An official website of the United States government
News Release 2006-102
September 25, 2006
Share This Page:
Board of Governors of the Federal Reserve System, Federal Deposit Insurance Corporation, Office of the Comptroller of the Currency, Office of Thrift Supervision
September 26, 2006
Note: This version of the September 25, 2006, release of the Shared National Credit data corrects several discrepancies. Specifically, the non-accrual amounts in the second paragraph of the Overview on page 2 and in Table 1 have been revised. These amounts now match the non-accrual amounts previously reported in Table 2. In Appendix B, the section titled "All Industries (Total)" corrects the line items titled "% Classified" and "% Special Mention" for the years 2001, 2002, and 2003.
The volume of syndicated credits rose rapidly, in part reflecting a rise in merger and acquisition activity over the past year, according to the Shared National Credit (SNC)2 review released today by federal bank and thrift regulators. The review noted a small increase in problem credits as a share of commitments in 2006. The bulk of this increase was associated with credits held by nonbank3 entities while problem loans at regulated institutions, particularly those with insured deposits, grew slightly. Deterioration in exposures to the manufacturing sector, primarily the automotive industry, accounted for most of the softening in asset quality. The review affirmed that most other industries exhibit improved credit quality from peak problem levels experienced only a few years ago. Examiners also found, however, a continued easing of underwriting standards in the syndicated lending market in general, particularly in non-investment grade or leveraged credit facilities.
The results--reported by the Board of Governors of the Federal Reserve System, the Office of the Comptroller of the Currency, the Federal Deposit Insurance Corporation, and the Office of Thrift Supervision--are based on analyses prepared in the second quarter of 2006 and reflect business and economic conditions at that time.
Total adversely rated credits4 rose slightly to 5.1 percent of total commitments from 4.8 percent a year ago (see Chart 1). Similarly, the ratio of classified commitments to total commitments rose slightly to 3.3 percent from 3.2 percent last year. Total classified commitments rose by $9.4 billion, or 18 percent, since 2005, compared with a net decrease of $21.5 billion, or 29 percent, the previous year. Commitments rated special mention increased by $7.5 billion, or 29 percent, in contrast to 2005 when they fell by $7.0 billion, or 21 percent.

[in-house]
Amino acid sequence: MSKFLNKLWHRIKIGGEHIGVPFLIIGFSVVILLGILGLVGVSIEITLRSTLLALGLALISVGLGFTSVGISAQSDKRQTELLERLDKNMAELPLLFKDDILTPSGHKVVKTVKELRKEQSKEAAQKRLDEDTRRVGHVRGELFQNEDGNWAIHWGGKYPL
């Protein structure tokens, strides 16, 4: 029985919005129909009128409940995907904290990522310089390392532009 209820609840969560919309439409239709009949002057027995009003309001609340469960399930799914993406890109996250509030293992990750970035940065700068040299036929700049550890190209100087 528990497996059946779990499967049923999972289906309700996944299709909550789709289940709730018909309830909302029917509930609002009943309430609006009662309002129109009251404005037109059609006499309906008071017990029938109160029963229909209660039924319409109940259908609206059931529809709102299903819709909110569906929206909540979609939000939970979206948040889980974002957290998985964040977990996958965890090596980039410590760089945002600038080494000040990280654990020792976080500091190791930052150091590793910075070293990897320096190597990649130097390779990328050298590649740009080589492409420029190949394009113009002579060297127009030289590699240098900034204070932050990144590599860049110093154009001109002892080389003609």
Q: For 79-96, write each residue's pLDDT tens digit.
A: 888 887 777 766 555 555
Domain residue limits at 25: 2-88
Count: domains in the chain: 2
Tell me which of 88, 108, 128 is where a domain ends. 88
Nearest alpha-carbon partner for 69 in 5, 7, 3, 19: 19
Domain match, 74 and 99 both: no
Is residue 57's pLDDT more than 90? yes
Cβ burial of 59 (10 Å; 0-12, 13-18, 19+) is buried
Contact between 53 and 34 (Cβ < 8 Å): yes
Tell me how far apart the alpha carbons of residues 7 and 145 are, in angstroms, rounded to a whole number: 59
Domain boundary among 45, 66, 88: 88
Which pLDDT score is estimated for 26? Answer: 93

Classified commitments held by United States (U.S.) domiciled banking organizations increased to $13.1 billion from $11.9 billion in 2005, but the classified ratio remained at only 1.6 percent due to growth in these companies' syndicated credit portfolios.
These discussions of adversely rated credits and their ratios do not include the effects of hedging or other techniques that organizations often employ to mitigate risk.
In aggregate, the 2006 SNC Program covered 7,009 credits totaling $1.9 trillion in credit commitments to 4,833 borrowers. Total SNC commitments increased by nearly $250 billion, a 15.2 percent increase from 2005, the largest annual expansion in nearly eight years. The current level of commitments is slightly below the 2001 peak of $2.0 trillion, while adversely rated commitments are only 40 percent of their peak level in 2002. The increase in 2006 total commitments reflects, in part, substantial merger and acquisition financing provided over the past year. Total outstandings, or drawn amounts, of $626 billion were up 20 percent from the prior year.
For the 2006 review, total commitments classified as substandard rose $14.0 billion, or 32 percent from the prior year, while doubtful credits decreased $3.1 billion, or 55 percent (see Table 1). Commitments classified as loss fell $1.5 billion, down 56 percent from the prior year. Nonaccrual5 classified credits fell 29 percent to $17.7 billion.
The volume of classified SNCs improved slightly in most industries (see Appendix B)6 , with the notable exception of the Manufacturing sector. While commitments to this sector increased 8.4 percent, weakness in the automotive industry during the year led to a $15.6 billion, or 147 percent, increase in classified credits. This softness in the manufacturing sector overshadowed notable improvements in loan classifications in the Oil, Gas, Pipelines & Utilities sector, the Lodging & Transportation sector, the Construction & Real Estate sector, and the Professional, Scientific & Other Services sector, each with classified volumes falling by approximately one-third. Classified commitments also declined for the Telecommunication and Cable industry (by $2.4 billion or 14 percent), but remain elevated at 10 percent of total commitments.
The volume of special mention SNC credits increased 29 percent or $7.5 billion, with increases observed in most industries except Manufacturing and Professional Services.
Table 2: Exposures by Entity Type
Trends by Entity Type
During 2006, the portion of SNC commitments held by U.S. domiciled banking organizations edged down 0.5 percentage points to 44 percent, a level mostly unchanged in the past five years. Compared to last year, the portion held by foreign banking organizations (FBOs) also slipped 0.5 percentage points to 41 percent in 2006 (see Table 2).
Over the past ten years, lenders not affiliated with banks, such as brokerage firms, mutual funds, insurance companies, and hedge funds, have taken on larger positions in the syndicated market. These nonbank entities have increased their share to 14 percent of total commitments compared to 8 percent five years ago and 2 percent in 1996.